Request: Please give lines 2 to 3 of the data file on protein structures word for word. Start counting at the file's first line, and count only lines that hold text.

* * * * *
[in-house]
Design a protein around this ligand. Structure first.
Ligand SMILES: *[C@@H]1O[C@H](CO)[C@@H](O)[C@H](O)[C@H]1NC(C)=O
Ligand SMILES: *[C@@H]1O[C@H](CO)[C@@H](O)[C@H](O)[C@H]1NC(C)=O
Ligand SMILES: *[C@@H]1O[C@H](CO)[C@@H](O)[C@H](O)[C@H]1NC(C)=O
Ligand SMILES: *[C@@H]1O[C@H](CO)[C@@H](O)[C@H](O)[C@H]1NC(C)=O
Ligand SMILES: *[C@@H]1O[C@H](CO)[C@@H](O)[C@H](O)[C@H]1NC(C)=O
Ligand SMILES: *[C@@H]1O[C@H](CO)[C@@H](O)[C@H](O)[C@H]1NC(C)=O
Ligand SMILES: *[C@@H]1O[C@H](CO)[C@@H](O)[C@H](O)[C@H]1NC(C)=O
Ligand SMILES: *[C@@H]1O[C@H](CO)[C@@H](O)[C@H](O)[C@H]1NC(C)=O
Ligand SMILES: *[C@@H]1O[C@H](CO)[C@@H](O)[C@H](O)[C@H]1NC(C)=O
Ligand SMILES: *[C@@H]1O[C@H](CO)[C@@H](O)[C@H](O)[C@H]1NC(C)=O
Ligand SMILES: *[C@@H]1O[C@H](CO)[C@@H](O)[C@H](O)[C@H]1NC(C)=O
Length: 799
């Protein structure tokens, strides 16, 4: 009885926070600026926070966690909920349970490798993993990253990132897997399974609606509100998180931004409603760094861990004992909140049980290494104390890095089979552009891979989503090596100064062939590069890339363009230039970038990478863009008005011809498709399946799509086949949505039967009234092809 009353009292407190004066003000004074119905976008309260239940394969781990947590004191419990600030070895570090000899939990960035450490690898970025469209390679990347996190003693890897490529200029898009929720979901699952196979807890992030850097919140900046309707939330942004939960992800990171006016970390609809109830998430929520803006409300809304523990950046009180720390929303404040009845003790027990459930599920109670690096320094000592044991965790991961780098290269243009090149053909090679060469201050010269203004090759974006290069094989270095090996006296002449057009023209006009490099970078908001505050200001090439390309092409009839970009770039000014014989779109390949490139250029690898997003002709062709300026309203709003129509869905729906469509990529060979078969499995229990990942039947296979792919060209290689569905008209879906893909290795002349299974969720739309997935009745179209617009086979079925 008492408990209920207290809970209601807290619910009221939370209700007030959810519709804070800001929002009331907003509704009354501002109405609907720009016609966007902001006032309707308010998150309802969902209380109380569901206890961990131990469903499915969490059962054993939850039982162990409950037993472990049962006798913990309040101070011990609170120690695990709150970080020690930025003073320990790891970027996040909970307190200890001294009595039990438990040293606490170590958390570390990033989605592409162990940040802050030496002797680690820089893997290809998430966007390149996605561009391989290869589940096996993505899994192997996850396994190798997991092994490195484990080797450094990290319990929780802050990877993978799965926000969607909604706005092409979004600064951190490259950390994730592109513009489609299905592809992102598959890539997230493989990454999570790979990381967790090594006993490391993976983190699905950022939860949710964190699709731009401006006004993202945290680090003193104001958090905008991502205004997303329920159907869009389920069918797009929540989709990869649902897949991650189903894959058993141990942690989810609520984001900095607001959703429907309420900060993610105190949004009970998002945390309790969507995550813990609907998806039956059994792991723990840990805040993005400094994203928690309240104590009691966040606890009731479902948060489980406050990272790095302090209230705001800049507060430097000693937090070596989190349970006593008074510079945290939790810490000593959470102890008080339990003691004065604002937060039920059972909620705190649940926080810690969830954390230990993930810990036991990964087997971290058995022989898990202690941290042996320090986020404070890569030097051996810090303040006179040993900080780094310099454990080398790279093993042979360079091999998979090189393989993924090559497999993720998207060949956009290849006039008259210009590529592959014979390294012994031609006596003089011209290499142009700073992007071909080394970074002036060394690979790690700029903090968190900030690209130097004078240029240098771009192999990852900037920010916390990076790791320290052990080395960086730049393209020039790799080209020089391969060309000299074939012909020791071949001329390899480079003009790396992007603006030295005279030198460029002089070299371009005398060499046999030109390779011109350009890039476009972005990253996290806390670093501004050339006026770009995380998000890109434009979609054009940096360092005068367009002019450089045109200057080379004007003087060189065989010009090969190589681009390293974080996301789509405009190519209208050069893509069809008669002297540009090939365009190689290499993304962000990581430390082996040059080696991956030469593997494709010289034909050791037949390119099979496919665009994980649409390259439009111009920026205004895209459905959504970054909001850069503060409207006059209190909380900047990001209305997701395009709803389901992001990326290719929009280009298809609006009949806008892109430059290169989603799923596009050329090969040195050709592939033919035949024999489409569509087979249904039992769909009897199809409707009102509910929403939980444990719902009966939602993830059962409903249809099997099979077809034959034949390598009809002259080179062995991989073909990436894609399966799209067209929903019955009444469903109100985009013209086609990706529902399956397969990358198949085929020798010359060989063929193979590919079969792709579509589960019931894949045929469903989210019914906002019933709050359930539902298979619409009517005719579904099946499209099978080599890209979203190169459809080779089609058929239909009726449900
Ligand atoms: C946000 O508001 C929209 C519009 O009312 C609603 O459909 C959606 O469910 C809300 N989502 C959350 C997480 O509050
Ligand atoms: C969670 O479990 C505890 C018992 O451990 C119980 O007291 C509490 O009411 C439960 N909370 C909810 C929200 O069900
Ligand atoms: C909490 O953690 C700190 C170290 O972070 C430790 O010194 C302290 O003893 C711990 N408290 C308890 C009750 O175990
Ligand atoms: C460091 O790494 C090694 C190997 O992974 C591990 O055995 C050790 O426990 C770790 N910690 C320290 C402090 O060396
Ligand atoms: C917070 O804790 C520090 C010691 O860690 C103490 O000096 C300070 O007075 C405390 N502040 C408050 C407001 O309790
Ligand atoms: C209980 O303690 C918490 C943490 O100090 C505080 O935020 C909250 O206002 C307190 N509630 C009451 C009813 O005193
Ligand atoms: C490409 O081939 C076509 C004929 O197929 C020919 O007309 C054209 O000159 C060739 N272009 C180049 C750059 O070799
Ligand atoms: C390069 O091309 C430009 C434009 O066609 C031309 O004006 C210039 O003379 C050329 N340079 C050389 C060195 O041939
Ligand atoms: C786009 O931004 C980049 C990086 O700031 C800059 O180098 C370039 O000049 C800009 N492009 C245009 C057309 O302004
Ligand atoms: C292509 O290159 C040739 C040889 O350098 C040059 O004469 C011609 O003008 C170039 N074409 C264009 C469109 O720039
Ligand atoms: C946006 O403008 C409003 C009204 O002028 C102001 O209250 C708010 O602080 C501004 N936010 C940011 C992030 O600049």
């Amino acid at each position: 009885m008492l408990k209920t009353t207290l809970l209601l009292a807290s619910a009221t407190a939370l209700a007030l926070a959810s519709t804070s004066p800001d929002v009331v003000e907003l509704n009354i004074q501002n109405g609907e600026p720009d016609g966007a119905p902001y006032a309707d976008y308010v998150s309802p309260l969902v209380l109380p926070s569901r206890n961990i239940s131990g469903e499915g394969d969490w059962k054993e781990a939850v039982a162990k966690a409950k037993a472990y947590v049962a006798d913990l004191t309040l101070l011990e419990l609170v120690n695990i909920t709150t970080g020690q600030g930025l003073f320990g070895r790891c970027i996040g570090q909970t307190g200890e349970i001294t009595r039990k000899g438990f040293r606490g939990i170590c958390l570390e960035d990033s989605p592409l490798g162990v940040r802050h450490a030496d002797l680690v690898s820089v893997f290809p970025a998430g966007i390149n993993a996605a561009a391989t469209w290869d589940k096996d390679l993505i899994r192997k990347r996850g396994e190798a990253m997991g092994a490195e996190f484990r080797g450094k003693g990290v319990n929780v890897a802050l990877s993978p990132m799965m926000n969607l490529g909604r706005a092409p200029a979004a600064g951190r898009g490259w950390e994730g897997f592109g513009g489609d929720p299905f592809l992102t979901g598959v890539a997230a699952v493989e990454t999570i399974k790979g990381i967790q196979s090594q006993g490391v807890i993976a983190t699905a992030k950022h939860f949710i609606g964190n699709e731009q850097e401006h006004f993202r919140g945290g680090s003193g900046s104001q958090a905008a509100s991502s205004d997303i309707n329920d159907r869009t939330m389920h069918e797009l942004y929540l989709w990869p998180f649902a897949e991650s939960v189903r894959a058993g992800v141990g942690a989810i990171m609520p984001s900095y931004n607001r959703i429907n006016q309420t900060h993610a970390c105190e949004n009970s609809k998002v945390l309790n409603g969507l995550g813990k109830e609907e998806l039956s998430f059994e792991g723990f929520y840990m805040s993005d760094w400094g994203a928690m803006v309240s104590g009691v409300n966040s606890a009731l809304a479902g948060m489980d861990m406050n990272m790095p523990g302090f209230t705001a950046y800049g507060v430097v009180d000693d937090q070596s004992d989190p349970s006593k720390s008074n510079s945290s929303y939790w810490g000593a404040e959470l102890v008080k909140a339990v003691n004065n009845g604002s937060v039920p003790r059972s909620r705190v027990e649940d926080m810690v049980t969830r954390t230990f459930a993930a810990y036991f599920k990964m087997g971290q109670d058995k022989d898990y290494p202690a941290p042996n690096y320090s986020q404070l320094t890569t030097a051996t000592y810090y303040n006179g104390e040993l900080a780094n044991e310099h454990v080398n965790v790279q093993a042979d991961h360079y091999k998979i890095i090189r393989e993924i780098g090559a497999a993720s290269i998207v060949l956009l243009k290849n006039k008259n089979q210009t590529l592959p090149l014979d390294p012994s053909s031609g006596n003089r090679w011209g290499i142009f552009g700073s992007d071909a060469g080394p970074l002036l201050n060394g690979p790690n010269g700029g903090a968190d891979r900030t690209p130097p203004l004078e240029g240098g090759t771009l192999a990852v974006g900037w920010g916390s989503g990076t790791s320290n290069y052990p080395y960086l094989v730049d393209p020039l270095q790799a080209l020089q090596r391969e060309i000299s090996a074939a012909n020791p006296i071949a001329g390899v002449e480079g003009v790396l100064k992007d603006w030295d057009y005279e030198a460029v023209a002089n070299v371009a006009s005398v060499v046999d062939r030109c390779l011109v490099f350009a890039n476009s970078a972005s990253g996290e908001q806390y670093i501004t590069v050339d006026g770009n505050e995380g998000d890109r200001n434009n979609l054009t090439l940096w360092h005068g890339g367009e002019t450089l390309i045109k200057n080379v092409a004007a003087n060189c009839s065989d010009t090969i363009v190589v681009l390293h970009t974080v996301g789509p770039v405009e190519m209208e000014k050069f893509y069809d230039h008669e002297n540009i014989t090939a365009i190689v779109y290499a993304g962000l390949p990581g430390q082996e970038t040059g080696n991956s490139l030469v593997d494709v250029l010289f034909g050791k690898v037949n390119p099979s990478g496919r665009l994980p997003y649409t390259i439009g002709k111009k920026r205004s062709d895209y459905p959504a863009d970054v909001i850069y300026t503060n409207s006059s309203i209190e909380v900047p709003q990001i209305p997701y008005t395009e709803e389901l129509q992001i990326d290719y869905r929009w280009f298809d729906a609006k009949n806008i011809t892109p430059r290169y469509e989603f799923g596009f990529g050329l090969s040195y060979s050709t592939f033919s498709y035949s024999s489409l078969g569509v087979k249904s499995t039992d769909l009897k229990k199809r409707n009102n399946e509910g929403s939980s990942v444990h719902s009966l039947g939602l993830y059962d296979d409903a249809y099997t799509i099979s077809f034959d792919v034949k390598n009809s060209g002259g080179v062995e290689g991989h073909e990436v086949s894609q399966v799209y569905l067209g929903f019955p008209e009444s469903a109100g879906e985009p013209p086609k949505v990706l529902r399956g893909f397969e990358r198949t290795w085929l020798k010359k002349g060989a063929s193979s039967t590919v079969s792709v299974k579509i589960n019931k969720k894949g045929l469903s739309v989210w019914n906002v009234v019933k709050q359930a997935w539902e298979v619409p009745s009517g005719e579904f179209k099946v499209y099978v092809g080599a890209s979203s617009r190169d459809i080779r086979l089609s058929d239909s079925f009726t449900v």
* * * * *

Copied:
Design a protein around this ligand. Structure first.
Ligand SMILES: *[C@@H]1O[C@H](CO)[C@@H](O)[C@H](O)[C@H]1NC(C)=O